Boris Podolsky was a Russian-American senior physicist, who is known for his 1935 quantum mechanics paper co-authored with Albert Einstein and Nathan Rosen. Podolsky was also a Soviet spy, who provided the KGB with atomic bomb secrets.
According to Spies: The Rise and Fall of the KGB in America, a book co-authored by historian John Earl Haynes, Podolsky provided the Soviets with “complex chemical equations on the gaseous diffusion method for separating bomb-grade U-235 from unwanted U-238.” The exchange of information took place at the Soviet Embassy in Washington, D.C. in June of 1943. At the embassy, Podolsky met with the ambassador’s deputy and two KGB officers. For his valuable information, Podolsky received a $300 payment on the spot.
The process of gaseous diffusion was a method being secretly developed at the Manhattan Project’s affiliate at Columbia University. It is unclear how Podolsky gained the information about uranium gaseous diffusion since he did not work on the Manhattan Project. One possible explanation is that his work on non-uranium gaseous diffusion caused him to become a consultant for the scientists at Columbia.
In his interview from the Atomic Heritage Foundation’s Voices of the Manhattan Project website, Haynes notes that Podolsky met with the KGB officers a few more times after their first meeting at the embassy, but this relationship quickly ended because of Podolsky’s disinterest in the Manhattan Project. While the KGB wanted to use Podolsky to access technical and experimental data about the atomic bomb from the Manhattan Project, Podolsky just wanted to return to Russia and become a leading Soviet theoretical physicist. Their lack of agreement led to a parting of ways in November 1943.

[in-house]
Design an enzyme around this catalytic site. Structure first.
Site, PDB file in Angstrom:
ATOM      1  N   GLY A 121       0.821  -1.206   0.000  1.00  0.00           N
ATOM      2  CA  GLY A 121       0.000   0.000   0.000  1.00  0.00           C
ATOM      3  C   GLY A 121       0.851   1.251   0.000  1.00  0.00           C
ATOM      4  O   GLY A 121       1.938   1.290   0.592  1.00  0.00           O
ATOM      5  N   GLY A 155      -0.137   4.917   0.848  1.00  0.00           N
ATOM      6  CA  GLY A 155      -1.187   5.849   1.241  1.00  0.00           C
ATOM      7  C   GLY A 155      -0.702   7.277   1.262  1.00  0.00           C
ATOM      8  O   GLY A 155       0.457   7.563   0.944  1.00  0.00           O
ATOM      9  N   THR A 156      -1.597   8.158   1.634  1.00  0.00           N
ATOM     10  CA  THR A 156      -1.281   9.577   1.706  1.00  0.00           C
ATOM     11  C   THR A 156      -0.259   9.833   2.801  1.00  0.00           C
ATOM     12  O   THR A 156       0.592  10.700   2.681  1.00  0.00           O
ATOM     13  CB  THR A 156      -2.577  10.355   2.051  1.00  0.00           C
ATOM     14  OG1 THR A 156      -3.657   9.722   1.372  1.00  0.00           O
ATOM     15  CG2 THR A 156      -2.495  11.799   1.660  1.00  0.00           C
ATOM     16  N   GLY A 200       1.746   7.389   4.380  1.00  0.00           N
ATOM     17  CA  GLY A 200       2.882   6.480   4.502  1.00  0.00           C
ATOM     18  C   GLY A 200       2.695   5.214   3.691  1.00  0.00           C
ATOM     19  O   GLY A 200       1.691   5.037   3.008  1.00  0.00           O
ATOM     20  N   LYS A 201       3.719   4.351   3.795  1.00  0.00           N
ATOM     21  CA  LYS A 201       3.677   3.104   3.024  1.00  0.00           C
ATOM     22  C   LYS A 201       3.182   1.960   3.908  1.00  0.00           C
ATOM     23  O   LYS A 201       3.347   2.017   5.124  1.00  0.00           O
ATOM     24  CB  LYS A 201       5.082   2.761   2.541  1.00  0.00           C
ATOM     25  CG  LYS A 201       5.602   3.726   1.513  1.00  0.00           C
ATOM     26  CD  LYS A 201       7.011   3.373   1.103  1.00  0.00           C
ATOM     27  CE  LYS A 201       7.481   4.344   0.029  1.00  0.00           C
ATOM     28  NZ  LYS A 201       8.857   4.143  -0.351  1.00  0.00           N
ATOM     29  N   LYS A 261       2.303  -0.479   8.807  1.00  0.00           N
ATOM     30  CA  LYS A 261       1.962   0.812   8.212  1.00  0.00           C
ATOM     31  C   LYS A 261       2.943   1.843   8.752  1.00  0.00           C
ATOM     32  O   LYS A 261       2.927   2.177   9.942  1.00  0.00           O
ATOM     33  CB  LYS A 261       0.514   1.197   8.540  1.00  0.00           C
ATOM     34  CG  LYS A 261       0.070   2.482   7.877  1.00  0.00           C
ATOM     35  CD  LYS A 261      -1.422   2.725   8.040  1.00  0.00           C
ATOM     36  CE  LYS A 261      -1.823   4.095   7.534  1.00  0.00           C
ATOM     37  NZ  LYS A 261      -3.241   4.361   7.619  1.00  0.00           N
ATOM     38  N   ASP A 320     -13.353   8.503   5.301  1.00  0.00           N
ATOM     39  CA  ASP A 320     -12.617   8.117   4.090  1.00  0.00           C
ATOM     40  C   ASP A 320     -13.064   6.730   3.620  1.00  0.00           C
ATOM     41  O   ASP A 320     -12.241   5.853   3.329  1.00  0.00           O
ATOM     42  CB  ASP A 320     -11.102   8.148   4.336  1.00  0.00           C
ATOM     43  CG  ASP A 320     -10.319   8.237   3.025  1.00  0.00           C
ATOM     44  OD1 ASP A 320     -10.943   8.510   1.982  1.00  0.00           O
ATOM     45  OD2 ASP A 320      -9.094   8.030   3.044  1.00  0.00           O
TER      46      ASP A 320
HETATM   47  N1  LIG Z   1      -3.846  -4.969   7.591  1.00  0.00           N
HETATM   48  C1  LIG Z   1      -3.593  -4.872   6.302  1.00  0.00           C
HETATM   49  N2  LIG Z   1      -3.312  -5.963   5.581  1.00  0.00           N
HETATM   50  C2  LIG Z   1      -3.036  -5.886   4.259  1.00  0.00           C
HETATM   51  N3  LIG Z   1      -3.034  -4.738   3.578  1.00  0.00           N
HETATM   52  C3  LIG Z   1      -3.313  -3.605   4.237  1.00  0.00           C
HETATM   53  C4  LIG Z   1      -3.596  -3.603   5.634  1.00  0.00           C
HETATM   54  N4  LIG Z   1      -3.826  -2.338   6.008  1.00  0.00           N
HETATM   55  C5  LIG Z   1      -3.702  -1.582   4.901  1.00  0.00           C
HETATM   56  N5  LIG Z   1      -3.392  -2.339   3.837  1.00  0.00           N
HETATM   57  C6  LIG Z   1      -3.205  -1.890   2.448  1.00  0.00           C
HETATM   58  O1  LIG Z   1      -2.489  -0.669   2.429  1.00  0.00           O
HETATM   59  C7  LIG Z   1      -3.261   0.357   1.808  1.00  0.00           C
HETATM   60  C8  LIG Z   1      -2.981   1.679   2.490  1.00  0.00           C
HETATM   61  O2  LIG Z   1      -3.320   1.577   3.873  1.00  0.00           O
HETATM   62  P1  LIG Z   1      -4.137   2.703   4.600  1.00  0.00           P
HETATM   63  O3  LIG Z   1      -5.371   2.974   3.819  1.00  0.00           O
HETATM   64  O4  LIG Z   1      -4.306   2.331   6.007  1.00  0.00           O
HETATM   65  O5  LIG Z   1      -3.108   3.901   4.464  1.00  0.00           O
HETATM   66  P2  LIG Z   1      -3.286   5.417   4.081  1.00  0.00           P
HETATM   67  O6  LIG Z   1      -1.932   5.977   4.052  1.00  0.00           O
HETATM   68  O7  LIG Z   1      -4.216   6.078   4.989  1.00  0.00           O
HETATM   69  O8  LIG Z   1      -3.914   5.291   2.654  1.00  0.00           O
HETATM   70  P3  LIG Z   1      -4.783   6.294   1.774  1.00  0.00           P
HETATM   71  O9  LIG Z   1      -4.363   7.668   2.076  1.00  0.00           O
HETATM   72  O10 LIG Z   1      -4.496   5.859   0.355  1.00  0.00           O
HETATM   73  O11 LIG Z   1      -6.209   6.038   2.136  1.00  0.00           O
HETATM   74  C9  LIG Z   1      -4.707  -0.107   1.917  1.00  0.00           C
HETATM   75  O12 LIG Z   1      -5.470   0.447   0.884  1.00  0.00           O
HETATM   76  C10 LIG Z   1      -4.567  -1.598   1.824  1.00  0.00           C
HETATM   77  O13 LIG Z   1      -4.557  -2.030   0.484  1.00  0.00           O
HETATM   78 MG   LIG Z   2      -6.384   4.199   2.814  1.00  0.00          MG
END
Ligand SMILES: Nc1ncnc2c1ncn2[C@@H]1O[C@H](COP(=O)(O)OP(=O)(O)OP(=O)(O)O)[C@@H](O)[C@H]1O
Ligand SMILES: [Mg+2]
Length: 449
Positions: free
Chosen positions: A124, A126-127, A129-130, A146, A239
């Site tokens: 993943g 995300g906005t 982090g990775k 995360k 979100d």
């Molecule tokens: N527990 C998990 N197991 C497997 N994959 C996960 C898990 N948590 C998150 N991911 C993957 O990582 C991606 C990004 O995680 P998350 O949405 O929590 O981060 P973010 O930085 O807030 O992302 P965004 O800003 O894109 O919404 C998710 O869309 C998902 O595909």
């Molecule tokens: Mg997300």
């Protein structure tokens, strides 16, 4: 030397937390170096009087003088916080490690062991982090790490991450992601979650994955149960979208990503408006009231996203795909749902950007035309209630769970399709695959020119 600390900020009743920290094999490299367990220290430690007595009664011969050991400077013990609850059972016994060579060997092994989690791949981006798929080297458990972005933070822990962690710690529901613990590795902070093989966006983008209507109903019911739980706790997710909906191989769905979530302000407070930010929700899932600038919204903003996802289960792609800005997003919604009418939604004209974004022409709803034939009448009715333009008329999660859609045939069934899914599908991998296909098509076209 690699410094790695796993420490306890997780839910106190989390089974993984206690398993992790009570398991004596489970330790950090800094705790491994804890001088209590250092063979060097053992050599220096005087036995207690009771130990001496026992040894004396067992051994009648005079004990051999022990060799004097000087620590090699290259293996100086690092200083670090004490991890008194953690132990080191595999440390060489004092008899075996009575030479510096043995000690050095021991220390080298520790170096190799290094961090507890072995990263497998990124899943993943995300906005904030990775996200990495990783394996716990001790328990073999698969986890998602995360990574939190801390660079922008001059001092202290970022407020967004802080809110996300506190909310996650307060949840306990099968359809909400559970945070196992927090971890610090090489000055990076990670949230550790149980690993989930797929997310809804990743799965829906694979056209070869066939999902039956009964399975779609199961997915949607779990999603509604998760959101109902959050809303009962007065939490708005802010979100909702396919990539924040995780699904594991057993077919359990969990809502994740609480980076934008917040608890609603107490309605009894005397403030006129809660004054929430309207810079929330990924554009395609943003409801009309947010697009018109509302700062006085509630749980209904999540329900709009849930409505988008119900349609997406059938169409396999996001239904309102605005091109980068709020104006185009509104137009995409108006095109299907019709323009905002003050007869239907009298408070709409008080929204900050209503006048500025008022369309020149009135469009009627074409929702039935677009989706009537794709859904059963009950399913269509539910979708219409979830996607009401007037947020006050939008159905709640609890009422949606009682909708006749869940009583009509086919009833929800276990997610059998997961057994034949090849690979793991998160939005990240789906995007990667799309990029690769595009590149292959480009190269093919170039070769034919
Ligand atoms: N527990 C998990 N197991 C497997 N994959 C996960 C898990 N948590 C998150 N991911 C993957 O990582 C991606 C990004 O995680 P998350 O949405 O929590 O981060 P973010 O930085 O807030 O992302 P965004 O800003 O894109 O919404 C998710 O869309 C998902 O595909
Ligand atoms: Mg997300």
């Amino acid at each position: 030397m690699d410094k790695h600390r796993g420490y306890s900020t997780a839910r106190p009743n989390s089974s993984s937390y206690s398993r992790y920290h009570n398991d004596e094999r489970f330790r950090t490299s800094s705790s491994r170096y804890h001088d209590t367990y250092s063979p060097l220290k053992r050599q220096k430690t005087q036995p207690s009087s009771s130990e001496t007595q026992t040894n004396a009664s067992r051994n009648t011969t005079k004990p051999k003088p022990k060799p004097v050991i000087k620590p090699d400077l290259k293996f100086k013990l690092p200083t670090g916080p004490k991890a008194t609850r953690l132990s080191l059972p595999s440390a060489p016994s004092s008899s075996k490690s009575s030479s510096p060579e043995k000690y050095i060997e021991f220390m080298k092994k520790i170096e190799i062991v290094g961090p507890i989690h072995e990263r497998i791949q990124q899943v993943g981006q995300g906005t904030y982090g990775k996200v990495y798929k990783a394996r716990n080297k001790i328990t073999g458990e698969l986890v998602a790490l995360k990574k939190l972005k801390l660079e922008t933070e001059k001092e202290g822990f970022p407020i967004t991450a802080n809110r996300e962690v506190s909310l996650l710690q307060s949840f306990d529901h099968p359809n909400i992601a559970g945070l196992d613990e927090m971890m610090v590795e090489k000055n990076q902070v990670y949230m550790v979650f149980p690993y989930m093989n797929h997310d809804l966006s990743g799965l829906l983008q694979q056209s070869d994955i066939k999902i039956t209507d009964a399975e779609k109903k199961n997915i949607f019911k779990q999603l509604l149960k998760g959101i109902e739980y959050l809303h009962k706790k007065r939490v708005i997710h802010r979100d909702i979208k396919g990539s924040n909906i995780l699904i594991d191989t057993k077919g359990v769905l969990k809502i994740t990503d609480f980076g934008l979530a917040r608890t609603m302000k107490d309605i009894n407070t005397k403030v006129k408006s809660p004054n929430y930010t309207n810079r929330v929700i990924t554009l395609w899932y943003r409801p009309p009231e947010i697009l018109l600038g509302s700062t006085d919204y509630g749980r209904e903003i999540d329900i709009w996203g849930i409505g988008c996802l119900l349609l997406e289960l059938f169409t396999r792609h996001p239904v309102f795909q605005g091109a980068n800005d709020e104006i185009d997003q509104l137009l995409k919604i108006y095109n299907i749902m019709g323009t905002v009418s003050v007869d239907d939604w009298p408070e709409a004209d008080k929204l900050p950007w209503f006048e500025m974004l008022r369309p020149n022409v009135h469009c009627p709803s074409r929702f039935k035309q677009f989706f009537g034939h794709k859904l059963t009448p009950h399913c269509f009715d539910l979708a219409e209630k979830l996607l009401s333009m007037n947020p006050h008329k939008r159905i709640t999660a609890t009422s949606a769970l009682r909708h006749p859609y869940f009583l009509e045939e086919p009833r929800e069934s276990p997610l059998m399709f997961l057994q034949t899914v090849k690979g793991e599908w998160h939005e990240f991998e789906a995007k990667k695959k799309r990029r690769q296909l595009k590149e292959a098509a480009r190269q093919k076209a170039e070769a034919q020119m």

In 1896, Boris Podolsky was born in Russia. He immigrated to the United States of America in 1911. Podolsky received his Ph.D. from the California Insitute of Technology in 1928. After his studies at the California Insitute of Technology, Podolsky returned to the U.S.S.R. from 1930 to 1933. While in the U.S.S.R., he served as the director of theoretical physics at the Ukrainian Physio-Technical Institute.
He returned to the United States in 1933. A year later, he began to work at the Insitute for Advanced Study (IAS) in Princeton, New Jersey. In 1935, he co-authored the paper, “Can Quantum-Mechanical Description of Physical Reality be Considered Complete?” with Albert Einstein and Nathan Rosen in 1935. The paper is commonly referred to as EPR (for Einstein, Podolsky, and Rosen).
In the paper, the three physicists demonstrate the existence of “quantum entanglement” in quantum mechanics. The entanglement is a type of correlation between two distinct physical systems. After a falling out with Einstein, Podolsky became a professor of mathematical physics at the University of Cincinnati in the 1940s.
In 1961, Podolsky left the University of Cincinnati for Xavier University. He taught at Xavier until died in 1966.
For more information about Boris Podolsky and his work, please see the following references: